Jesus’ prayer at the Last Supper with his disciples reveals something of this point of view. “I have brought you glory on earth by completing the work you gave me to do,” Jesus prayed, “And now, Father, glorify me in your presence with the glory I had with you before the world began.” Before the world began! Like an old man reminiscing— no, like an ageless God reminiscing— Jesus, who sat in a stuffy room in Jerusalem, was letting his mind wander back to a time before the Milky Way and Andromeda. On an earthly night dark with fear and menace, Jesus was making preparations to return home, to assume again the glory he had set aside.
All along he had planned to depart in order to carry on his work in other bodies. Their bodies. Our bodies. The new body of Christ.
Jesus left few traces of himself on earth. He wrote no books or even pamphlets. A wanderer, he left no home or even belongings that could be enshrined in a museum. He did not marry, settle down, and begin a dynasty. We would, in fact, know nothing about him except for the traces he left in human beings.
Would it be too much to say that, ever since the Ascension, Jesus has sought other bodies in which to begin again the life he lived on earth? The church serves as an extension of the Incarnation, God’s primary way of establishing presence in the world.
I find it much easier to accept the fact of God incarnating in Jesus of Nazareth than in the people who attend my local church — and in me.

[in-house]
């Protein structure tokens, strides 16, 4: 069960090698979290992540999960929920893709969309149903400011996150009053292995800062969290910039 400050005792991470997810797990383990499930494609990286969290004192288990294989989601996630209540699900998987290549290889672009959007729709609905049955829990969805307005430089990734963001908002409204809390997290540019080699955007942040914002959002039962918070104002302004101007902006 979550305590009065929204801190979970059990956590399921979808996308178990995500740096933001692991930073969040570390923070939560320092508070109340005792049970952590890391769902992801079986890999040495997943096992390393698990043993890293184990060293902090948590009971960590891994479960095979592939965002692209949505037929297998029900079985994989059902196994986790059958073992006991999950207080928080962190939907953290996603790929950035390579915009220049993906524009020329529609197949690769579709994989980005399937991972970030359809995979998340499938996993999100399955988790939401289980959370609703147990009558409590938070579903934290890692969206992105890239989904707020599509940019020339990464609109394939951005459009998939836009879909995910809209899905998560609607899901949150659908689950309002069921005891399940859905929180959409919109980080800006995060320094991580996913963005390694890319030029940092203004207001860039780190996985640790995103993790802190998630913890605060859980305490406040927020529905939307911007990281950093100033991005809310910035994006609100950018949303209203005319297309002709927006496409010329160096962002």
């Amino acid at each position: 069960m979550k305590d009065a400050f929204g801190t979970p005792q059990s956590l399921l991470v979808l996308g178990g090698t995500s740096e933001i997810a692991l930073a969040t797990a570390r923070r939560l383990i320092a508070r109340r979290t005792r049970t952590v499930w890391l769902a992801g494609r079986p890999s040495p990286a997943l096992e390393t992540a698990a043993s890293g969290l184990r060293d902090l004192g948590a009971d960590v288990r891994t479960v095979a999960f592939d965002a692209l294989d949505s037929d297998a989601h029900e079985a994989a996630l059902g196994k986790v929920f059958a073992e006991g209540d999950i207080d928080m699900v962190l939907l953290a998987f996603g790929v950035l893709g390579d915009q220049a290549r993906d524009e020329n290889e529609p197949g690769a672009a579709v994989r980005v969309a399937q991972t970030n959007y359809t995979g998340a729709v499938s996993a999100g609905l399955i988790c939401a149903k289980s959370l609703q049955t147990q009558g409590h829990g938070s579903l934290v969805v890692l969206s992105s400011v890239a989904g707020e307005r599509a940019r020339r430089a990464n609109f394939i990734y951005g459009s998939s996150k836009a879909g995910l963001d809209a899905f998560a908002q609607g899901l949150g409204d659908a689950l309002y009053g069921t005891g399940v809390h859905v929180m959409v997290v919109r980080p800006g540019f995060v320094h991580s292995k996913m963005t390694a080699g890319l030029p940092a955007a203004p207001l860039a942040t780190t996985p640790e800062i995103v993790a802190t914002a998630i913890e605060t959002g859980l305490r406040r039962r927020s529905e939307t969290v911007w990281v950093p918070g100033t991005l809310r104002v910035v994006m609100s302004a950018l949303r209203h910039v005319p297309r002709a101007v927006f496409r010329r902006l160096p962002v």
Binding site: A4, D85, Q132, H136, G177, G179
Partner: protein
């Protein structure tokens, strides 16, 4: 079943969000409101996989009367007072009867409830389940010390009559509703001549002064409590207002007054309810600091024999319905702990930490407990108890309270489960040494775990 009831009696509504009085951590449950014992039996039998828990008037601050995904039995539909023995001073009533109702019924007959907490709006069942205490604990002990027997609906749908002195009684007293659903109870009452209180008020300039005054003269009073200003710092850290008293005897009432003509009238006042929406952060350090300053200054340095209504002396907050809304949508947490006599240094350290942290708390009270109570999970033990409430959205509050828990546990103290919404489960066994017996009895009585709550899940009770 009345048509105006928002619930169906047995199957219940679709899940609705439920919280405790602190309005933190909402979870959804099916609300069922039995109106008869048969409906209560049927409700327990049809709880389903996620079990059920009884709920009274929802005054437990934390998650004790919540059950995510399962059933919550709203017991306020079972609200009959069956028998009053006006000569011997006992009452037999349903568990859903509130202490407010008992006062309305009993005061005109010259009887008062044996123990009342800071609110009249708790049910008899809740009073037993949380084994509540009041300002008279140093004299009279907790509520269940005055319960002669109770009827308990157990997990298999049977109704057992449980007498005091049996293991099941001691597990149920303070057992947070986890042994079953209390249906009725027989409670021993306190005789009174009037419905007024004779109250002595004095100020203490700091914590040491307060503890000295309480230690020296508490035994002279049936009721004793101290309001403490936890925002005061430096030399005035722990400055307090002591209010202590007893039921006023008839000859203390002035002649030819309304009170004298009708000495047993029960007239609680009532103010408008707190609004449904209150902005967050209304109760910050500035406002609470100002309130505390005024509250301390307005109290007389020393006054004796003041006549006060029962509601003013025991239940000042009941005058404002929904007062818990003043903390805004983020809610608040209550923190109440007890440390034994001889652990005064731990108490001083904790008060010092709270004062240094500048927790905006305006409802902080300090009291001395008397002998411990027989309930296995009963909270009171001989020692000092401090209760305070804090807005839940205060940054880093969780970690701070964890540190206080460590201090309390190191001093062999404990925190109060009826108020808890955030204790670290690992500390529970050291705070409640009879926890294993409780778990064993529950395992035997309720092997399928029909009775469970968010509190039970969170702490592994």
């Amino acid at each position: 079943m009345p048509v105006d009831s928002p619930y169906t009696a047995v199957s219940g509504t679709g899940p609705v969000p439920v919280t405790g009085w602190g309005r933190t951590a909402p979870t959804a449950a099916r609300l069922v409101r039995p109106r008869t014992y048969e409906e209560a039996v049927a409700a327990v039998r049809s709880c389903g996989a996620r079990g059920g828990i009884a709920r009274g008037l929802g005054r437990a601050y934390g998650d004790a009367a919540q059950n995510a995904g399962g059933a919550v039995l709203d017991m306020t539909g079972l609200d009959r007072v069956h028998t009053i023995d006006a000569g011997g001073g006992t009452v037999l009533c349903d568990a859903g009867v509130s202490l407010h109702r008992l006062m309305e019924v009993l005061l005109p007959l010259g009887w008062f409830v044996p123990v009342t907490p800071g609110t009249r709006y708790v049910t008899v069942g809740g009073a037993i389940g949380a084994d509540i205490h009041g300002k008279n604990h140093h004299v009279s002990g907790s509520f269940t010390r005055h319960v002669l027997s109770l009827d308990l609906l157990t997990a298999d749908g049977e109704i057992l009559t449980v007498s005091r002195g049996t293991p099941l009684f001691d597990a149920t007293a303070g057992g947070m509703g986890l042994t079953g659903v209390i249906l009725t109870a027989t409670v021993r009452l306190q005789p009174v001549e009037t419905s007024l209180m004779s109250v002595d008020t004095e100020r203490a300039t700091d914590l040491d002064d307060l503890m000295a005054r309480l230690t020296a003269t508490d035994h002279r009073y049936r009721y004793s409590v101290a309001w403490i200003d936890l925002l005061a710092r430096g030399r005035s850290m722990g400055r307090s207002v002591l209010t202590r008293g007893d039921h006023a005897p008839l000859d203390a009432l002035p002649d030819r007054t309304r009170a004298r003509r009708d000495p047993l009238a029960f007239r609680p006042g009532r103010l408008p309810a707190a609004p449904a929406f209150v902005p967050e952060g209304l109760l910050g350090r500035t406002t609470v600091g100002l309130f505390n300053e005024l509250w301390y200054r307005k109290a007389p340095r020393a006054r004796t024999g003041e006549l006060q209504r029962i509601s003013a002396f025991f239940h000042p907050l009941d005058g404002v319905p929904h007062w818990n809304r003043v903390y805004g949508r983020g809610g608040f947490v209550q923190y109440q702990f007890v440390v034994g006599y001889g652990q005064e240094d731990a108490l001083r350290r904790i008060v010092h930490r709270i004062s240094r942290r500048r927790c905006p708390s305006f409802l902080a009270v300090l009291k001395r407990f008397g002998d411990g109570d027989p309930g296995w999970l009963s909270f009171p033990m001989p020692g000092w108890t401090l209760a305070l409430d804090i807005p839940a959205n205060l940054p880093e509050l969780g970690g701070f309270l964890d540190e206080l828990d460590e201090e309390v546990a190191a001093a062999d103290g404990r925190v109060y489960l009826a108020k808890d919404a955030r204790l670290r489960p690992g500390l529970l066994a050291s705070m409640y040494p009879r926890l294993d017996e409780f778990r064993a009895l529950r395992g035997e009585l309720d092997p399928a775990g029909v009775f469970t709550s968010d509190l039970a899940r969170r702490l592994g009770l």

A believer prays, and heaven responds; a sinner repents, and the angels rejoice; a mission succeeds, and Satan falls like lightning; a believer rebels, and the Holy Spirit is grieved. What we humans do here decisively affects the cosmos. I believe these things, and yet somehow I keep “forgetting” them. I forget that my prayers matter to God. I forget that I am helping my neighbors to their eternal destinations. I forget that the choices I make today bring delight— or grief— to the Lord of the Universe.
Jesus knew that the world he left behind would include the poor, the hungry, the prisoners, the sick. The decrepit state of the world did not surprise him. He made plans to cope with it: a long-range plan and a short-range plan. The long-range plan involves his return, in power and great glory, to straighten out planet earth. The short-range plan means turning it over to the ones who will ultimately usher in the liberation of the cosmos. He ascended so that we would take his place. “Where is God when it hurts?” I have often asked. The answer is another question, “Where is the church when it hurts?”
I remind myself that the apostle Paul’s soaring words about the bride of Christ and the temple of God were addressed to groups of hideously flawed individuals in places like Corinth.
To have the Church be what you want it to be would require the continuous miraculous meddling of God in human affairs …
If I cannot show love to such people, then I must question whether I have truly understood Jesus’ gospel.
A political movement by nature draws lines, makes distinctions, pronounces judgment; in contrast, Jesus’ love cuts across lines, transcends distinctions, and dispenses grace.
We in the church, Jesus’ successors, are left with the task of displaying the signs of the kingdom of God, and the watching world will judge the merits of the kingdom by us. We live in a transition time— a transition from death to life, from human injustice to divine justice, from the old to the new— tragically incomplete yet marked here and there, now and then, with clues of what God will someday achieve in perfection. The reign of God is breaking into the world, and we can be its heralds.
Philip Yancey, The Jesus I Never Knew